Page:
Tommy Boyce

It’s estimated that Tommy Boyce’s solo compositions and collaborative efforts have produced record sales over and above 85 million. Tommy and his partner Bobby Hart wrote the theme to Days of Our Lives (1965) and hits for guys like Andy Williams, Dean Martin, The Animals and Del Shannon in addition to scores and songs for television and films. They were even instrumental in lowering the voting age to 18. And then there’s The Monkees.

The career of Tommy Boyce begins as early as the late 1950s. In those days–before there was color TV–Tommy had established himself as one of the brightest young writers to ever come out of the legendary Brill Building days. His first big break came when he wrote “Be My Guest” for Fats Domino. He wrote the song alone but gave writing credit to the artist, as well as the person who helped him get the song to the artist. According to Caroline Boyce, Tommy said he never regretted sharing the writer’s income because it got his proverbial foot in the door.

In 1962 Tommy accepted an opportunity to move to New York and write for Ray Peterson and Curtis Lee. His collaboration with Lee resulted in Boyce’s second top ten song, “Pretty Little Angel Eyes”. They followed this up with the single “Under The Moon Of Love” (both are available on the CD “The Best Of Curtis Lee”). In the spring of 1965 Bobby joined Tommy in California. One of their first writing assignments together was to compose the theme song for “Days of Our Lives”, which has been running on the program for over 30 years now. By 1966 Boyce and Hart had created the musical sound for four actors who played musicians in a weekly television sitcom. Breaking records around the world, “The Monkees” became a cult phenomenon second only in popularity perhaps (arguably) to Star Trek: The Original Series (1966). Boyce and Hart wrote a whopping 30 songs for the foursome, some of which they would later record themselves. When Tommy saw the popularity of The Monkees, he approached Bobby and the duo decided to start an act of their own. Fueled by their own growing teen magazine popularity for having been associated with The Monkees, they signed a deal with A&M Records. The two scored many chart successes of their own, including “I Wonder What She’s Doing Tonight?”, “Alice Long”, I’m Gonna Blow You A Kiss In The Wind”, and “Where Angels Go, Trouble Follows”. They also appeared on shows like Bewitched (1964), I Dream of Jeannie (1965) and The Flying Nun (1967).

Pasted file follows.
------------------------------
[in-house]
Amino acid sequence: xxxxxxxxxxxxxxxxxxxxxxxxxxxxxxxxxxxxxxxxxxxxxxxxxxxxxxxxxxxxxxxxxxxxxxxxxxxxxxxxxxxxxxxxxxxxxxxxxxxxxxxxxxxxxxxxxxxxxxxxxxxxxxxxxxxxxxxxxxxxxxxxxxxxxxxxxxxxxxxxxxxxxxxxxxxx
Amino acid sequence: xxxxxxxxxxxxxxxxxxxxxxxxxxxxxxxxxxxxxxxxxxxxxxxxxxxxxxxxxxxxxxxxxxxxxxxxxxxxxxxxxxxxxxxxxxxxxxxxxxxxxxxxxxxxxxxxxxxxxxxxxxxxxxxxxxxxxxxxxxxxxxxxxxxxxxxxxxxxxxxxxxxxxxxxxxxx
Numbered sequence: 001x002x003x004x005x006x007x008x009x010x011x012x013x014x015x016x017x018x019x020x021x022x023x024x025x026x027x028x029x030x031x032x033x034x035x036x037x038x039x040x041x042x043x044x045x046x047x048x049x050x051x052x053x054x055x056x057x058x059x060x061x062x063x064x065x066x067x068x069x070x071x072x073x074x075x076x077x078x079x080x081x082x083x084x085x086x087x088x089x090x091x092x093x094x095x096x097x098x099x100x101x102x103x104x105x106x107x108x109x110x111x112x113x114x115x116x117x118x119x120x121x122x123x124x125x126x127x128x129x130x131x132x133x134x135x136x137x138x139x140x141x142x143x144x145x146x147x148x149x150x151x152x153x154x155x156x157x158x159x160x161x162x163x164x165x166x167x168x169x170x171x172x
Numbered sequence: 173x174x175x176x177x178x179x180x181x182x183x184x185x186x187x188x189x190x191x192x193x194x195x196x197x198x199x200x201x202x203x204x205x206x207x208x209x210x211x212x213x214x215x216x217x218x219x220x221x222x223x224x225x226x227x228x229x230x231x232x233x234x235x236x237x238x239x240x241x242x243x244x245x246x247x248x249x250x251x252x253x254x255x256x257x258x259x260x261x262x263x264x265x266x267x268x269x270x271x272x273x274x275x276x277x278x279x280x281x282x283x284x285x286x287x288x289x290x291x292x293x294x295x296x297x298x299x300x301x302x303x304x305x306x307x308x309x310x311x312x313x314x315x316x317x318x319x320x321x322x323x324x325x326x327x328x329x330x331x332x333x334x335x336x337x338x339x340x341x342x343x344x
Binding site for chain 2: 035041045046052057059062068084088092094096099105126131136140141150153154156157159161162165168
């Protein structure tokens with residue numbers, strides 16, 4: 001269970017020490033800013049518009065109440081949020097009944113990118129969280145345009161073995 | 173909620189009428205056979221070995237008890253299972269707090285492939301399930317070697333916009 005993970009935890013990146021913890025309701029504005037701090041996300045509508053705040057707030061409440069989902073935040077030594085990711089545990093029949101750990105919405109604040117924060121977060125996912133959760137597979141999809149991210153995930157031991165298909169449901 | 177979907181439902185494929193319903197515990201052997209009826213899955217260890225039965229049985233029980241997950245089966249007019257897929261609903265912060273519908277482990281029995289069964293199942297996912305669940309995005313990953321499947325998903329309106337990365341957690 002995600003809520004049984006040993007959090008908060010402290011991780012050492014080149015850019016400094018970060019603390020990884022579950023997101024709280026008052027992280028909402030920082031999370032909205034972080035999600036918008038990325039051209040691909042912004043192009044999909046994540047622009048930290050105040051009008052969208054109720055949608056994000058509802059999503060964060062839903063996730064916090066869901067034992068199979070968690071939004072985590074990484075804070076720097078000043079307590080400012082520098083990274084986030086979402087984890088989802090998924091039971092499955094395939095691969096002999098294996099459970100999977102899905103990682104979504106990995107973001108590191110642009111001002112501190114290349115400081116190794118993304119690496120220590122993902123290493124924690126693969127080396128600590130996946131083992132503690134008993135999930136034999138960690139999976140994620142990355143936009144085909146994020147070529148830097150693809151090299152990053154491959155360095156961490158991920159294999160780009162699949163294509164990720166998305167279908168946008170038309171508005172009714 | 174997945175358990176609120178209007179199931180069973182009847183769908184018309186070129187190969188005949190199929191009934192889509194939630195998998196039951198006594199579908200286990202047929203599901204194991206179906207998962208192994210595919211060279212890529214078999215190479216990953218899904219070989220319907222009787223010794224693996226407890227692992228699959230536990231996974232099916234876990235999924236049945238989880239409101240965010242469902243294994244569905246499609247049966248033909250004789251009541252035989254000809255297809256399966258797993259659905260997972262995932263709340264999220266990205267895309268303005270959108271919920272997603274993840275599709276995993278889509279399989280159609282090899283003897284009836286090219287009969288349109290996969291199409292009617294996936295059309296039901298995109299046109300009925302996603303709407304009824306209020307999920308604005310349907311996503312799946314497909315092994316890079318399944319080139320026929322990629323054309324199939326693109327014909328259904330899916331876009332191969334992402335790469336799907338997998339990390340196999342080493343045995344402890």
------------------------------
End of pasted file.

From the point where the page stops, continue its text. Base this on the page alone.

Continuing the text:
In 1968 the duo campaigned to support Robert F. Kennedy in his run for the Presidency, and they spearheaded the “Let Us Vote”, or “L.U.V.” campaign, which ultimately helped to lower the voting age to 18 in the US (it had been 21).

During the 1970s Tommy wrote the book “How To Write A Hit Song And Sell It” (published by Wilshire Books), which has inspired generations of new songwriters. His songwriting collaboration with Melvin Powers resulted in two songs hitting the country charts: “Who Wants A Slightly Used Woman” and “Mr. Songwriter”. It’s well known that Tommy would later re-team with Bobby in the newly re-formed Monkees revival, “Dolenz, Jones, Boyce & Hart”. What is NOT well known is that the group had its origin while going on a special trip to entertain at Vietnamese internment camps in the early 1970s. According to long-time friend and fellow musician Keith Allison, they went down there with people like Susan Sarandon, Beau Bridges and others. Later DJB&H would meet to discuss taking the act out on the road, and “Dolenz, Jones, Boyce and Hart” was born. They recorded two albums for Capitol Records in 1976 and embarked on a highly successful world tour to commemorate the tenth anniversary of The Monkees.

During the late 1970s Tommy moved to England, where he continued his success as a writer/producer. He made a dynamic impact in the UK music world producing such artists as Iggy Pop, Meat Loaf, The Pleasers, The Darts and Showaddywaddy. Tommy once again witnessed his songs hit the charts. In the 1980s he moved back to the United States and eventually settled in Nashville, Tennessee, where he continued to write songs and delight audiences with surprise guest performances in the local clubs. Bobby and Tommy remained friends until Tommy’s untimely death in 1994. Bobby and Tommy recorded three albums together: “Test Patterns” “I Wonder What She’s Doing Tonight” and “It’s All Happening On The Inside”. All of these titles are available on CD. Tommy recorded two solo albums: “Christopher Cloud – Blown Away”, featuring members of the group AIM, and the Australian four-track EP “Tommy Boyce and His Rockin’ Sixties Band” (as of 2019, these titles are NOT available on CD). Bobby is still very much involved in the business, composing for many varied projects.

Forty years later, the impact of Boyce and Hart still resonates. Tune into any oldies station, and at least once during the course of any given day you will very likely hear a Boyce and Hart composition.

Related Posts